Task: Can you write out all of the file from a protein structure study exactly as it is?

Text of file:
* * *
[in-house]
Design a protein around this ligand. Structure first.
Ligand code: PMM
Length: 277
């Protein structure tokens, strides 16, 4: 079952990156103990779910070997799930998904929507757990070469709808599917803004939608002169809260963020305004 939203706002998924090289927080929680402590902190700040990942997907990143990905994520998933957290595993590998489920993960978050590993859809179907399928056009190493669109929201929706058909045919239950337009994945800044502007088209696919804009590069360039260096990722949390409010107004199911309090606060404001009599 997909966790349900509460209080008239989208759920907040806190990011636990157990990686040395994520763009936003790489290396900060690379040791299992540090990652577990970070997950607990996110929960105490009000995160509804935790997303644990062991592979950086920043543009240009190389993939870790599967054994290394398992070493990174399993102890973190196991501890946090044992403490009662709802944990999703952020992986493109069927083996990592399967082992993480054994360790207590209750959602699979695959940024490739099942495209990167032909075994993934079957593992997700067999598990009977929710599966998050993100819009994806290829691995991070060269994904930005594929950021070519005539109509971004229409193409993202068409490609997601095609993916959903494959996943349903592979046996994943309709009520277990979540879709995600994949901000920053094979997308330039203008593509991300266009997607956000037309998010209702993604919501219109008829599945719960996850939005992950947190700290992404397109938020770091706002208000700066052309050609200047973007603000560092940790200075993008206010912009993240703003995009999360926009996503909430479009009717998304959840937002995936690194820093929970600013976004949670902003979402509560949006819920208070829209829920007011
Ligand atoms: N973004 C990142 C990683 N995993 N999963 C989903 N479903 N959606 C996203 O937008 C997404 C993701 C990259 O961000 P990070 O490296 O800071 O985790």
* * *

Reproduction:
[in-house]
Design a protein around this ligand. Structure first.
Ligand code: PMM
Length: 277
């Protein structure tokens, strides 16, 4: 079952990156103990779910070997799930998904929507757990070469709808599917803004939608002169809260963020305004 939203706002998924090289927080929680402590902190700040990942997907990143990905994520998933957290595993590998489920993960978050590993859809179907399928056009190493669109929201929706058909045919239950337009994945800044502007088209696919804009590069360039260096990722949390409010107004199911309090606060404001009599 997909966790349900509460209080008239989208759920907040806190990011636990157990990686040395994520763009936003790489290396900060690379040791299992540090990652577990970070997950607990996110929960105490009000995160509804935790997303644990062991592979950086920043543009240009190389993939870790599967054994290394398992070493990174399993102890973190196991501890946090044992403490009662709802944990999703952020992986493109069927083996990592399967082992993480054994360790207590209750959602699979695959940024490739099942495209990167032909075994993934079957593992997700067999598990009977929710599966998050993100819009994806290829691995991070060269994904930005594929950021070519005539109509971004229409193409993202068409490609997601095609993916959903494959996943349903592979046996994943309709009520277990979540879709995600994949901000920053094979997308330039203008593509991300266009997607956000037309998010209702993604919501219109008829599945719960996850939005992950947190700290992404397109938020770091706002208000700066052309050609200047973007603000560092940790200075993008206010912009993240703003995009999360926009996503909430479009009717998304959840937002995936690194820093929970600013976004949670902003979402509560949006819920208070829209829920007011
Ligand atoms: N973004 C990142 C990683 N995993 N999963 C989903 N479903 N959606 C996203 O937008 C997404 C993701 C990259 O961000 P990070 O490296 O800071 O985790």